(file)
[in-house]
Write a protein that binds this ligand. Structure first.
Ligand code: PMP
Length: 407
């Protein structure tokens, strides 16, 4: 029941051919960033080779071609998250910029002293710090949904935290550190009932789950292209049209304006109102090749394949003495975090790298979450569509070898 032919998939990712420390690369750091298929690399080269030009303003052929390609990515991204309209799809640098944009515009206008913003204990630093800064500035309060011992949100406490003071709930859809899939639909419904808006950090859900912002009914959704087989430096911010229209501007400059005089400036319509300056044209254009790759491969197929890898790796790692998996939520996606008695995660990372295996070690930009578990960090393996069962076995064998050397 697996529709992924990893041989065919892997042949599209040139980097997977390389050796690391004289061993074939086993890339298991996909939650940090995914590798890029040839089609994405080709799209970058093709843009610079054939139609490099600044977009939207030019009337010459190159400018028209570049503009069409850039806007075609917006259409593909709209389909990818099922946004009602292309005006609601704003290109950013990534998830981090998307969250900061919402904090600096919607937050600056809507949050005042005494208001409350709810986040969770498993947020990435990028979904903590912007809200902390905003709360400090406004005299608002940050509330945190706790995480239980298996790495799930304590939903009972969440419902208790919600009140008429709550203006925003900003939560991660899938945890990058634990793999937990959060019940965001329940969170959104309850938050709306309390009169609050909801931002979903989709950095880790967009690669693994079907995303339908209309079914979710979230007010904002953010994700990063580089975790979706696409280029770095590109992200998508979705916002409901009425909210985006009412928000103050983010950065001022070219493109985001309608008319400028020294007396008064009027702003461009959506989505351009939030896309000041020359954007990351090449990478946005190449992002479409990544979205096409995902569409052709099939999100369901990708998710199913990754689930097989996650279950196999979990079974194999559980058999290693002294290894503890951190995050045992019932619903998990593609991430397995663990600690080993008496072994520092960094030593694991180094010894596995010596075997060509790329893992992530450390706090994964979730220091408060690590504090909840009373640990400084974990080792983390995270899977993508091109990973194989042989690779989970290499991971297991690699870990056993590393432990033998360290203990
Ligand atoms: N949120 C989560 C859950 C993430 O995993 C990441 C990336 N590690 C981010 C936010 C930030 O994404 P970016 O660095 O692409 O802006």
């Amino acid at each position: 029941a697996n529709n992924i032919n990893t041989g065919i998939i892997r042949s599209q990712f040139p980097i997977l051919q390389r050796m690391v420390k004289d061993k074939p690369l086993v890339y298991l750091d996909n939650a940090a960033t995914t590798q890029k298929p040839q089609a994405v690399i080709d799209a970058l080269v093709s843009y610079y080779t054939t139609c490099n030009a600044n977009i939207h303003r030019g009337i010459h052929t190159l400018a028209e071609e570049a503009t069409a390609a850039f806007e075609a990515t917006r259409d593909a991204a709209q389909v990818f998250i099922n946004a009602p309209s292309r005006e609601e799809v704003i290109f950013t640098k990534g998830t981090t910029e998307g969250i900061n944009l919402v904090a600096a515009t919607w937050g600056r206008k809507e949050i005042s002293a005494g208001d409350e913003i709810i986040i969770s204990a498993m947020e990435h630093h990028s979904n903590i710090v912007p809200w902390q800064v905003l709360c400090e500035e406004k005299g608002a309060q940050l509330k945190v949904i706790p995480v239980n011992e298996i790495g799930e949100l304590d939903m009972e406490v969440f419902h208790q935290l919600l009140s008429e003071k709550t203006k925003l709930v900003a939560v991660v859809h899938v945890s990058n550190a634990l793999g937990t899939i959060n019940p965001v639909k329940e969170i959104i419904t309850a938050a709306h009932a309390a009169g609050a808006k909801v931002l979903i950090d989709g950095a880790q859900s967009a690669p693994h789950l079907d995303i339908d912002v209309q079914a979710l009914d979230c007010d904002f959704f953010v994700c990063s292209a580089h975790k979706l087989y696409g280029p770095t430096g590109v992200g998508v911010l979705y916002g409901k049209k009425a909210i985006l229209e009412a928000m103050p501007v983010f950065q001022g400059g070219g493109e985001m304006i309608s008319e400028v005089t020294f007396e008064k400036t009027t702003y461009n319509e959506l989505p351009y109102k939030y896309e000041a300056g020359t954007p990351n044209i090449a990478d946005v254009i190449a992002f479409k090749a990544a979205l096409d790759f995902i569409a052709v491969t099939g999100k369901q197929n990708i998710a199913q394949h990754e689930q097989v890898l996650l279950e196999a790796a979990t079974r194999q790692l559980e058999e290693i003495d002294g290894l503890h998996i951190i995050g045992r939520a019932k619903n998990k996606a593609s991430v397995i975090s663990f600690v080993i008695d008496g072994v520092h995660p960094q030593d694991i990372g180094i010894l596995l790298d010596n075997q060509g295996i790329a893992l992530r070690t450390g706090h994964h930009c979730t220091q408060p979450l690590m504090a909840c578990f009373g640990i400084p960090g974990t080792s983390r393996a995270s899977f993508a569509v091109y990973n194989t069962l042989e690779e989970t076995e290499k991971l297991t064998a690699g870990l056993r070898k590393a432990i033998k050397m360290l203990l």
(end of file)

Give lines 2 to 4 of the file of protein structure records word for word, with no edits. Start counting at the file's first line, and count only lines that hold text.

Write a protein that binds this ligand. Structure first.
Ligand code: PMP
Length: 407